I heard the Big Guy twice repeat in person last week comments he made in the media earlier, that Canada’s policy of dual citizenship needs to be reviewed. That, needless to say, was just what I wanted to hear, along with countless other Canadians, in the wake of the Lebanon evacuation.
The article I posted last night from the current issue of The Economist tries hard to paint my views as those of a xenophobic provincial (don’t you love the Brits?). But they are not. Not racist. Not anti-immigrant. Certainly not anti-Arab or in criticism of Lebanese-Canadians.
Instead this is an issue about who contributes to Canada, and who gets to take from it. Everybody I know works hard and needs a sense that fairness is the supreme law of the land. Spending an average of $75,000 to remove each of 13,400 of our resident citizens from the conflict zone is no issue for Canadians, who would love to think they’d be equally treated if in trouble. But that’s a hell of a lot of money to donate to people who do not live here, don’t pay taxes here, and may never come here again in their lives.
So, do we dole out passports too easily?
I received this letter Monday morning from a guy in Egypt. I guess he reads The Economist. — Garth
I could not agree with you more on the issue of ‘Canadians of convenience’. It seems today that anyone with $80,000 usd can buy a Canadian passport through these so called ‘investment programs’ that are run by provinces such as Quebec and Nova Scotia.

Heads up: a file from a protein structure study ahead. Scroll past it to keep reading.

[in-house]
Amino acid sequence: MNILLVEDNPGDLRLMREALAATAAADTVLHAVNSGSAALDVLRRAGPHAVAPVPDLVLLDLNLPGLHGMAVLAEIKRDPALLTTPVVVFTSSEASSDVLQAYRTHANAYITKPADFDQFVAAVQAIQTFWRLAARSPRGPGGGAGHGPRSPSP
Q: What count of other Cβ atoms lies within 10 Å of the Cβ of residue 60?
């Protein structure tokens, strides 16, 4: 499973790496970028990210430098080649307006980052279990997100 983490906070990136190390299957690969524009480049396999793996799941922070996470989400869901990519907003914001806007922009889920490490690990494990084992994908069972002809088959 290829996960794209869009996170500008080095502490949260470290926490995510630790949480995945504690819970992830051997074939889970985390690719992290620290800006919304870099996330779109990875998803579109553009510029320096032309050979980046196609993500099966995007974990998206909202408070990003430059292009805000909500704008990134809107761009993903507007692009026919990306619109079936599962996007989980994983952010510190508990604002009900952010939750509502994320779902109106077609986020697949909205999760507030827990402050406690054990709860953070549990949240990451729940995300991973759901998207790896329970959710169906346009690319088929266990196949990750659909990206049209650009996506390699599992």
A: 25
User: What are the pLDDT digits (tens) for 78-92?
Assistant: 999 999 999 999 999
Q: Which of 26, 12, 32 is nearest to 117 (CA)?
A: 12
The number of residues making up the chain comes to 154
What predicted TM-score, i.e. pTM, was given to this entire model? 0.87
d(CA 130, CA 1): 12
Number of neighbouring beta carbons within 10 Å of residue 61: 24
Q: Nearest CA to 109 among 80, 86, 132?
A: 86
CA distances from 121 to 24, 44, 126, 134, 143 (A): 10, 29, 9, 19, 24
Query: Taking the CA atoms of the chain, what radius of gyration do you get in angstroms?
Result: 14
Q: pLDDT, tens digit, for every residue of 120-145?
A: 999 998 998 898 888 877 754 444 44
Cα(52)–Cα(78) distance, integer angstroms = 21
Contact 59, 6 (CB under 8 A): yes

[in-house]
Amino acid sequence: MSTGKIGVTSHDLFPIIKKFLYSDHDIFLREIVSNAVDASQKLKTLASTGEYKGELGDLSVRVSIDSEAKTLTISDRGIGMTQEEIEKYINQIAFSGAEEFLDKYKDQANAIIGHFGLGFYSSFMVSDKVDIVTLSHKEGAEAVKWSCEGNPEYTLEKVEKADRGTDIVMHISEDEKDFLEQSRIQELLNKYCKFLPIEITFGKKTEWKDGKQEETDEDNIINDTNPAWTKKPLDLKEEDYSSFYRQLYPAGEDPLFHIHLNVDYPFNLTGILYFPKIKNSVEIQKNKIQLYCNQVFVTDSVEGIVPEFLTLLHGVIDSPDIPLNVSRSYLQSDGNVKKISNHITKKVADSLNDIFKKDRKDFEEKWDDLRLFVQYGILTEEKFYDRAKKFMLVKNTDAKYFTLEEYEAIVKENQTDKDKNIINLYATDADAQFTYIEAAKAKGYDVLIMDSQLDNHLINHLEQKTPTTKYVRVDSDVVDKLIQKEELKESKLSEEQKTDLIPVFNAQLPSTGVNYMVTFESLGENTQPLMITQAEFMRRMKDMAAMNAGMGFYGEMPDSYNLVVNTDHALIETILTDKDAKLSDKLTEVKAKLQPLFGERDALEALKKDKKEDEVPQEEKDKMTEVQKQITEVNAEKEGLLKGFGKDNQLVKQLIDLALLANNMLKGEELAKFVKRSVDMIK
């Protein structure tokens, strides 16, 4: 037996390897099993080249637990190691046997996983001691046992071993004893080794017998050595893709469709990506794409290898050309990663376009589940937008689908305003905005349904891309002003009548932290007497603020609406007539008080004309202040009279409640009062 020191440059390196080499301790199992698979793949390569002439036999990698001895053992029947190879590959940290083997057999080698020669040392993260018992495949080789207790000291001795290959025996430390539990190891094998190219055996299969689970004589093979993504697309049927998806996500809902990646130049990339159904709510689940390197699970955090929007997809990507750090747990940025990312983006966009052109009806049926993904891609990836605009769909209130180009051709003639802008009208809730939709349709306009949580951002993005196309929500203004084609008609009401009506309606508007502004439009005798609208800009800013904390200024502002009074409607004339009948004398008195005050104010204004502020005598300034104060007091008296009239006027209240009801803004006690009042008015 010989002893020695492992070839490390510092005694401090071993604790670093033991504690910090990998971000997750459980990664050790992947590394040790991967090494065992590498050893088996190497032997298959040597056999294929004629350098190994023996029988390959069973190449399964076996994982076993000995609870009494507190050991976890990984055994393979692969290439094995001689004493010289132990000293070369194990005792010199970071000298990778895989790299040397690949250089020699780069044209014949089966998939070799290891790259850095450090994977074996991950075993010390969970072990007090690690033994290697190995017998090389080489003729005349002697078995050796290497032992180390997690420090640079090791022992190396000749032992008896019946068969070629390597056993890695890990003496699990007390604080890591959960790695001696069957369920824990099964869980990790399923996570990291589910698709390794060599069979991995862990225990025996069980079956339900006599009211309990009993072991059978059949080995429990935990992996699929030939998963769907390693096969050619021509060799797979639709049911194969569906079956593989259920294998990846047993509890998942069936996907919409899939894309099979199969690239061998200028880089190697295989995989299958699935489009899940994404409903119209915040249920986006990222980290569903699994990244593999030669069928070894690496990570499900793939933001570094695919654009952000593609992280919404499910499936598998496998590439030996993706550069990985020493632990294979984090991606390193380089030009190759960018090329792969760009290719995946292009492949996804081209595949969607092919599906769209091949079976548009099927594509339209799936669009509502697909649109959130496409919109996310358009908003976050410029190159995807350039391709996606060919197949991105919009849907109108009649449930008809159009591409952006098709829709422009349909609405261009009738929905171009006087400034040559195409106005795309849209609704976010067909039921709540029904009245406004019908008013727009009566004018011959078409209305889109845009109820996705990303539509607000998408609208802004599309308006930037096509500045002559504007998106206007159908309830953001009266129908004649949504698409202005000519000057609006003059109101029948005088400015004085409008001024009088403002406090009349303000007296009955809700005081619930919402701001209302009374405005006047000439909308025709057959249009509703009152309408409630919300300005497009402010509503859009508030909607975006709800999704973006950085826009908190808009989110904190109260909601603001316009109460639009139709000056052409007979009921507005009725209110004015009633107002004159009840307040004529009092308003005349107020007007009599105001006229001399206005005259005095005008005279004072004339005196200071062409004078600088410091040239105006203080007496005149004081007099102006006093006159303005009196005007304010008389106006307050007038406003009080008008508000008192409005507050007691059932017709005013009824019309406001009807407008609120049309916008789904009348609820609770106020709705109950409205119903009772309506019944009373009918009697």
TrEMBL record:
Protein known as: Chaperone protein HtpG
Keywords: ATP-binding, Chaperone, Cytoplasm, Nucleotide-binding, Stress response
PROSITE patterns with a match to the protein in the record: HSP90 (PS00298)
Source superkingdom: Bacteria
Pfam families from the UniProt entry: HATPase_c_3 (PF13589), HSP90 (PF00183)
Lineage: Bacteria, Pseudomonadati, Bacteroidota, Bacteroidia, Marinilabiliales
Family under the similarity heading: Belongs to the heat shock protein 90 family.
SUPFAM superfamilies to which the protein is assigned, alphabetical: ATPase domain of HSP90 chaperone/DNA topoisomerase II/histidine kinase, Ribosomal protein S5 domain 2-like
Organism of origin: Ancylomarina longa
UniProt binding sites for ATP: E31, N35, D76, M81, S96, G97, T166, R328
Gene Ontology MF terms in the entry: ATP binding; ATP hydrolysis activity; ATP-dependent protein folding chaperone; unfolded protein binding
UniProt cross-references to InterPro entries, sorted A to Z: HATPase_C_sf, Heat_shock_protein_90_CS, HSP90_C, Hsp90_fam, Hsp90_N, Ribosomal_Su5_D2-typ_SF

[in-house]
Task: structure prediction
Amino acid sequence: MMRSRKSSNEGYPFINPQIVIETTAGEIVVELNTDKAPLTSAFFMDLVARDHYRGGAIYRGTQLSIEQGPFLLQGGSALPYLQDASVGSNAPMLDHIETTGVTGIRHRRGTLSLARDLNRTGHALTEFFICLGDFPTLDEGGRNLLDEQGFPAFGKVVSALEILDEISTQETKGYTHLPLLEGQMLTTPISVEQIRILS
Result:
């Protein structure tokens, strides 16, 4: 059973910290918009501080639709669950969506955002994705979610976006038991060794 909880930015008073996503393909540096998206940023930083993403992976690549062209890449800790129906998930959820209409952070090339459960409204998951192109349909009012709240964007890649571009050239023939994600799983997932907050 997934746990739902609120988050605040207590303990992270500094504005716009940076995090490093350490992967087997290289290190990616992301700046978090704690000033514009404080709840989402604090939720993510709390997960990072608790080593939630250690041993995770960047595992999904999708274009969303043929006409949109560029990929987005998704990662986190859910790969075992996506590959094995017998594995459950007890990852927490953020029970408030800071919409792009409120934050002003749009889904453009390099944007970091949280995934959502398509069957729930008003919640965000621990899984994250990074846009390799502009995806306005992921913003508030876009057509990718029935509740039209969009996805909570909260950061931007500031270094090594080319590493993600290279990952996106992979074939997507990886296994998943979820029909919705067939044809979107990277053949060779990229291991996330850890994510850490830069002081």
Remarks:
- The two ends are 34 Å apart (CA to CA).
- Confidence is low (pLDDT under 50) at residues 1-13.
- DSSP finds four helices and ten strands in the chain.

All they have to do is put up the money, and they get their landing papers, they go to Canada ONCE to land, rent an apartment in Halifax or wherever, establish phony residency, and in three years apply for citizenship on their SECOND visit. Once they have their passports, they never see Canada again. It is simply a passport of convenience for those who can afford it.
So you have thousands of Canadians living in the Middle East, and in Egypt where I live, that are “Canadian” even though they have not the faintest idea of anything Canadian. They have never paid taxes in Canada, but they and their children will become Canadian forever. The Canadian passport is known here as the passport of convenience. I
think that citizenship should involve a lot more than 80K. It should only be granted to those who truly immigrate to Canada, live in Canada, pay taxes and demonstrate an attachment to Canada. They should at least know basics about Canadian history and culture and be proud to Canadian, not brag about their passport of convenience. 3 years is the lowest that any country asks from new comes for citizenship. in the US its 7, the UK 5 and other European countries about about the same.